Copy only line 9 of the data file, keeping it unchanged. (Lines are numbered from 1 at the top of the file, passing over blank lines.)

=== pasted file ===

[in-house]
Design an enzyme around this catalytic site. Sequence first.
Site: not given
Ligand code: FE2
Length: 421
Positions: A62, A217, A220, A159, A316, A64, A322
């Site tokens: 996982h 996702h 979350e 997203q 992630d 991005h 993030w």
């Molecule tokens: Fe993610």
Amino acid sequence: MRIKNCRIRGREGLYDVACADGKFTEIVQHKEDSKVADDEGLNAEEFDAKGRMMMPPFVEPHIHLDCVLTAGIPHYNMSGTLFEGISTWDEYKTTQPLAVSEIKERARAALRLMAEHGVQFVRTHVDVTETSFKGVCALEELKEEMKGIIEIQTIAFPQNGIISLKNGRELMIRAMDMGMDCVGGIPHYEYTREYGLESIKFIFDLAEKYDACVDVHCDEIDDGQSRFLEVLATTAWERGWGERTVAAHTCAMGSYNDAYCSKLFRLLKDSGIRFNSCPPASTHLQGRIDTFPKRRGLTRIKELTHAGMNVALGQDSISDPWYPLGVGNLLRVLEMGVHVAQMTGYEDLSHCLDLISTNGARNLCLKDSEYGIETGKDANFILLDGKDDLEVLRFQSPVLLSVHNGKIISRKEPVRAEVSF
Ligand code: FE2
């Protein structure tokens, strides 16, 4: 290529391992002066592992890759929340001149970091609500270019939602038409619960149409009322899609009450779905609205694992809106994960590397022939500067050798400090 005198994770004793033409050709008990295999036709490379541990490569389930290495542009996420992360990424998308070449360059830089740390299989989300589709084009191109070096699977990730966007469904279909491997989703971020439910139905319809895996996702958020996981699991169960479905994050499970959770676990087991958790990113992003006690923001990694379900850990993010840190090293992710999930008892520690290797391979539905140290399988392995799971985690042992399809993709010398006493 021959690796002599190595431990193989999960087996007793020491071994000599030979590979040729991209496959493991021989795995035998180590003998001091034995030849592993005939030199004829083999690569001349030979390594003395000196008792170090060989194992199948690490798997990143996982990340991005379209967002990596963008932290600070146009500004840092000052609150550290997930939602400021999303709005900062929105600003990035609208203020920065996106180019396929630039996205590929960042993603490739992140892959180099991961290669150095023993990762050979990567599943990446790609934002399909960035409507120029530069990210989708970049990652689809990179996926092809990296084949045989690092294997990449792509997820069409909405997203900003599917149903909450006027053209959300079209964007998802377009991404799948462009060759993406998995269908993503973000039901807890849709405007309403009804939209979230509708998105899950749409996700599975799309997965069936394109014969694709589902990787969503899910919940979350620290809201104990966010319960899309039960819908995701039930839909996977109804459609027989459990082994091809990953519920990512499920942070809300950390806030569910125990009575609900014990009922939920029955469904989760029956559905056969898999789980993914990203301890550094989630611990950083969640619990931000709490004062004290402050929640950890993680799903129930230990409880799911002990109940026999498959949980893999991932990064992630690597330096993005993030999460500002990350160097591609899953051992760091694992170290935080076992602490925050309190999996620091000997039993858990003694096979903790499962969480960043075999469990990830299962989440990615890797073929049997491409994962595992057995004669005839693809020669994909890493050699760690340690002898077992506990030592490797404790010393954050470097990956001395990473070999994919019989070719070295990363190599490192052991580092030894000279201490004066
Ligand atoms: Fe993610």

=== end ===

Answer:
Amino acid sequence: MRIKNCRIRGREGLYDVACADGKFTEIVQHKEDSKVADDEGLNAEEFDAKGRMMMPPFVEPHIHLDCVLTAGIPHYNMSGTLFEGISTWDEYKTTQPLAVSEIKERARAALRLMAEHGVQFVRTHVDVTETSFKGVCALEELKEEMKGIIEIQTIAFPQNGIISLKNGRELMIRAMDMGMDCVGGIPHYEYTREYGLESIKFIFDLAEKYDACVDVHCDEIDDGQSRFLEVLATTAWERGWGERTVAAHTCAMGSYNDAYCSKLFRLLKDSGIRFNSCPPASTHLQGRIDTFPKRRGLTRIKELTHAGMNVALGQDSISDPWYPLGVGNLLRVLEMGVHVAQMTGYEDLSHCLDLISTNGARNLCLKDSEYGIETGKDANFILLDGKDDLEVLRFQSPVLLSVHNGKIISRKEPVRAEVSF